Man Survives Fall Down Open New York Elevator Shaft

A visually impaired man's 2012 visit to New York City ended in tragedy that has stretched into a prolonged legal battle. As Brian Hurley, who suffers from Retinitis pigmentosa, was leading a completely blind friend down the sidewalk last May, he fell into an elevator shaft in front of the Doughnut Plant located in the Hotel Chelsea. The shaft outside the 220 W. 23rd St. location was open, unguarded, and unmarked.

Hurley, who lives in Washington D.C., suffered severe injuries from the 10-foot fall and was rushed to Bellevue Hospital Center. There doctors were forced to amputate Hurley's finger which had been irreparably mangled in the elevator accident. In addition to the burden of his medical bills, Hurley was forced to stay from work for over a month-causing him significant financial difficulty. He's now suing both the Doughnut Plant and the Hotel Chelsea.

But if the loss of a finger wasn't enough, Hurley's sidewalk accident has also left him with "little to no feeling in his ring finger and along the side of his right hand below the pinky. The loss of feeling in those areas and finger impedes his use of a white cane to walk, reading Braille, using his right hand to identify objects and performing daily activities in work and home."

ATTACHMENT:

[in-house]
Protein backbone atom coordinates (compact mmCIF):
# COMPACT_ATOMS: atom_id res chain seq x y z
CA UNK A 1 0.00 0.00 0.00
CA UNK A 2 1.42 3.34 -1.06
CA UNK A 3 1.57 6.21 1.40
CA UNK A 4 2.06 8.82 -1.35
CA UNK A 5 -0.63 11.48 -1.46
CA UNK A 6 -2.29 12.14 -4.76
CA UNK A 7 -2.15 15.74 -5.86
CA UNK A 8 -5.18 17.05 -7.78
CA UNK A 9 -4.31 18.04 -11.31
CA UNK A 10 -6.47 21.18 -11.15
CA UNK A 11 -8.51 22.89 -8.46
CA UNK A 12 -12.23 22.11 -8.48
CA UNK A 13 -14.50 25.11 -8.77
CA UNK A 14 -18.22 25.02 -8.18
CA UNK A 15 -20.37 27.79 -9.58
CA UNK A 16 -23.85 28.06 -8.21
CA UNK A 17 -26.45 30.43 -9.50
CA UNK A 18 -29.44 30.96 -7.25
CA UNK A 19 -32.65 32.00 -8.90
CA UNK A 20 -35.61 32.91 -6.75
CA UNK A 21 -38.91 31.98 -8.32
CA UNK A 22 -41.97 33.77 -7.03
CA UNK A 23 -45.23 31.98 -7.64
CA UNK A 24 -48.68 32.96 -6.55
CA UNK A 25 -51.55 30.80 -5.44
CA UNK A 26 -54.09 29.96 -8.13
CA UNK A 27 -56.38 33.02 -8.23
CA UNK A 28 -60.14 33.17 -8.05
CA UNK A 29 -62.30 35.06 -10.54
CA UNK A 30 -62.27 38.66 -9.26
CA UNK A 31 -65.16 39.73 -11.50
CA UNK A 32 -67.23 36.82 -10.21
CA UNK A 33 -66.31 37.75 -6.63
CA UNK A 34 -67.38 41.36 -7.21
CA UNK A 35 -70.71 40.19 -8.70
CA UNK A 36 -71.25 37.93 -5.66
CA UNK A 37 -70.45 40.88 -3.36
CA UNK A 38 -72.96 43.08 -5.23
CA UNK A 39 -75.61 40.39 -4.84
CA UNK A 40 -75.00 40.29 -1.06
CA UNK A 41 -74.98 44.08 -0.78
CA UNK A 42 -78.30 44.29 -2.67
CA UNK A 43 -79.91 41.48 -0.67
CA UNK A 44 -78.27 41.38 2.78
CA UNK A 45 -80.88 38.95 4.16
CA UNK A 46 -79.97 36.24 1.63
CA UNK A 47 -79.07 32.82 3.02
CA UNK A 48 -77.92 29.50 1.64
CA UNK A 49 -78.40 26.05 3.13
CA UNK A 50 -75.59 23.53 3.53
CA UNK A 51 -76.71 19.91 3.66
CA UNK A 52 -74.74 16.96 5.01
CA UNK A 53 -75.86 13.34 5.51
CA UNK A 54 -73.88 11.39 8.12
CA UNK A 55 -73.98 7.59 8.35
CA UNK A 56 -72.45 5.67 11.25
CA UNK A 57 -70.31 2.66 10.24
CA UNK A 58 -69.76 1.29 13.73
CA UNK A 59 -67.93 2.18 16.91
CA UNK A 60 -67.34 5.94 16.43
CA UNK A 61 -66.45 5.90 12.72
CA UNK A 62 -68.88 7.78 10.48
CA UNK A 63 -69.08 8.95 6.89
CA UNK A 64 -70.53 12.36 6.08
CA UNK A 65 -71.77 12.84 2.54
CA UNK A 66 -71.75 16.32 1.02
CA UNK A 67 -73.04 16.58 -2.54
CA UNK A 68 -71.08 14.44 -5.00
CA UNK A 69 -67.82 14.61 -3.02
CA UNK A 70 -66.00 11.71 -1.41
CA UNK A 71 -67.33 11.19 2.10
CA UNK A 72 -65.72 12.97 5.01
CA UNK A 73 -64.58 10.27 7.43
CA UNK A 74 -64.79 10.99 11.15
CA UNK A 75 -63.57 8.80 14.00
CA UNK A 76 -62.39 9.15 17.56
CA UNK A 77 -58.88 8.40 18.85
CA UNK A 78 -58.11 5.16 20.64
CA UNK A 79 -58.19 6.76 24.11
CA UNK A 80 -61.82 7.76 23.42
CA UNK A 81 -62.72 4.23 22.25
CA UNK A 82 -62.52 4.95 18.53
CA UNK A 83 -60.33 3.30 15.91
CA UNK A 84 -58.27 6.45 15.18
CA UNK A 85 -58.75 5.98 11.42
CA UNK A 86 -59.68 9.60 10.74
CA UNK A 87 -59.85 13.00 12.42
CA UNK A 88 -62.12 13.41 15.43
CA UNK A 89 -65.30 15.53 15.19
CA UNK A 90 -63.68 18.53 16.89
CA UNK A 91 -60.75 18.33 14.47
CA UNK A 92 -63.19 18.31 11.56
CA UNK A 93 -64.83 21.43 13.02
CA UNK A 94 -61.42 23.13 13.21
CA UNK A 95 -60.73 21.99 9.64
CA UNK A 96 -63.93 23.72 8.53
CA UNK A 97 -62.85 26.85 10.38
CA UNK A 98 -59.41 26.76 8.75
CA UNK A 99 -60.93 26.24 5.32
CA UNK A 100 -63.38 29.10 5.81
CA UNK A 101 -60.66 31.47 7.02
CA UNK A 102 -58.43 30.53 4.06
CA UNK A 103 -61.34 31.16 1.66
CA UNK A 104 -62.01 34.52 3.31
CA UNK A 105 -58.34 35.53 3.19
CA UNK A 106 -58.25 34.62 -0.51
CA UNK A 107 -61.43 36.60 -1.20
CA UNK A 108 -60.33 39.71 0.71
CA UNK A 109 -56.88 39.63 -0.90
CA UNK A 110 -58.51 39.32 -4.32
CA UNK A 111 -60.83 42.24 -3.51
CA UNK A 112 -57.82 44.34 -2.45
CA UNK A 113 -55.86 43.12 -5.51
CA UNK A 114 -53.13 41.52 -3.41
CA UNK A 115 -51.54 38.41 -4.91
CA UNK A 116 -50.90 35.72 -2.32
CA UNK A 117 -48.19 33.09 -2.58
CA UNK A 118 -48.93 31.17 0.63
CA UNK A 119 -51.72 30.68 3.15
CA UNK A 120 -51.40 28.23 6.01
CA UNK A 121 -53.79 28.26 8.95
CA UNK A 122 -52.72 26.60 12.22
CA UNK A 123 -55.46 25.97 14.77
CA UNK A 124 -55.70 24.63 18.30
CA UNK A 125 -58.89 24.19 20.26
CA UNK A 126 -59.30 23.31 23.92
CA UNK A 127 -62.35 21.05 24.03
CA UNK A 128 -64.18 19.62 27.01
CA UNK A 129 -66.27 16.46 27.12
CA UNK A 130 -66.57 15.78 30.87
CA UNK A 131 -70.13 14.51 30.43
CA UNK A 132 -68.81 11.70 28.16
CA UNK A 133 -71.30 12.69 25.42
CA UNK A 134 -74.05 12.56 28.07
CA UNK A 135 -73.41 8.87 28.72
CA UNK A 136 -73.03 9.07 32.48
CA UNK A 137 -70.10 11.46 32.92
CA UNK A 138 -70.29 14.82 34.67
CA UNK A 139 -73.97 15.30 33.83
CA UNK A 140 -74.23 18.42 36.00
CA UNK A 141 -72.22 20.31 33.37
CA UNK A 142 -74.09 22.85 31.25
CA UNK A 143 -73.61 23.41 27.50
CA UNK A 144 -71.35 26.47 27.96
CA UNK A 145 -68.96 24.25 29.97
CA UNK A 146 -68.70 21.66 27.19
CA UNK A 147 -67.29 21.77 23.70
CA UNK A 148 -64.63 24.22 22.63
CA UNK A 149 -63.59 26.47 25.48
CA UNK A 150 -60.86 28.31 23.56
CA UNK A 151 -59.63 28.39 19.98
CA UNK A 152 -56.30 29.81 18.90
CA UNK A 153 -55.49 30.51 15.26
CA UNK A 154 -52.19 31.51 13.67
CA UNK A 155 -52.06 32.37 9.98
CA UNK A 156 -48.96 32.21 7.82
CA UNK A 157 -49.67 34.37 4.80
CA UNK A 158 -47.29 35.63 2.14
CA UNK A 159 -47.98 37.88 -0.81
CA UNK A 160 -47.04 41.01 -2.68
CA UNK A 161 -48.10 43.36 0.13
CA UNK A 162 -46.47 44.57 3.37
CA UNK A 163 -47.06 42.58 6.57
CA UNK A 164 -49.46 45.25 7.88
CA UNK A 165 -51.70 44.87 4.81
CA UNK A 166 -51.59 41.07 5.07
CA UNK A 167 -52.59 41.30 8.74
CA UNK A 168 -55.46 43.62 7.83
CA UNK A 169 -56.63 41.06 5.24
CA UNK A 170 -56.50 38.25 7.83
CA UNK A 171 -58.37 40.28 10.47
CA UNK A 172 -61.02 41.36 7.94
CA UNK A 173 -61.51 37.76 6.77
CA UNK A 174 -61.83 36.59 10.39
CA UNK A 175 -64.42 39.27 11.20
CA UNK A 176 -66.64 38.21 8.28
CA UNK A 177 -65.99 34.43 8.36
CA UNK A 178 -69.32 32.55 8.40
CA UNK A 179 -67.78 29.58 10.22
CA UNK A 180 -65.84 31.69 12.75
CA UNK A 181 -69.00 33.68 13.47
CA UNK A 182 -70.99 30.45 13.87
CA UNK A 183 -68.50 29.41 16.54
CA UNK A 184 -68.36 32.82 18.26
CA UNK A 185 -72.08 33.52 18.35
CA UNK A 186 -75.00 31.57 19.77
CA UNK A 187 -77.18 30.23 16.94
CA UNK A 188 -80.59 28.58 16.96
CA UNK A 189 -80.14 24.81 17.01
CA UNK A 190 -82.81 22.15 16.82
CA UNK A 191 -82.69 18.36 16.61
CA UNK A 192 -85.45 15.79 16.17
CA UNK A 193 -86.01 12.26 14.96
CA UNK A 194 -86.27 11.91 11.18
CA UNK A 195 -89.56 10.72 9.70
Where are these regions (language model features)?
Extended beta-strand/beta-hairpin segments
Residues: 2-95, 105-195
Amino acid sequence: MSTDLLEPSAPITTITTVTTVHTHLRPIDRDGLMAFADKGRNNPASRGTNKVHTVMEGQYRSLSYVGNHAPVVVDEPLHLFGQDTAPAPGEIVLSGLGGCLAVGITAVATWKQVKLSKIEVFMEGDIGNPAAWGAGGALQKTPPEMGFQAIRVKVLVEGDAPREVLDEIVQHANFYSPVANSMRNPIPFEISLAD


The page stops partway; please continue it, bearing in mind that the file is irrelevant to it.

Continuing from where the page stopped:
This permanent disability could have been avoided if the business had used simple safety precautions or even stationed an employee beside the open hole.
Hotel Chelsea, owned by the Chetrit Group, said in a statement that though the elevator shaft in question-located immediately to the left of the Doughnut Plant's entryway-is owned by the hotel, the bakery's lease allows its employees to use the elevator.

ConsumerWatch.com reports that "U.S. elevators make 18 billion passenger trips per year." Most operate without incident but statistics from the U.S. Bureau of Labor Statistics and the Consumer Product Safety Commission show elevator accidents claim the lives of roughly 27 people per year. In addition to the fatalities, 17,000 people are injured in elevator accidents, often severely.
Incidents like the one that claimed Mr. Hurley's finger are not uncommon. Thousands of these basement elevator shafts open onto New York sidewalks all over the city. If you or a loved has been injured due to an elevator malfunction, call the Law Offices of Nussin S. Fogel at (800) 734-9338 or (212) 385-1122 to learn your rights.

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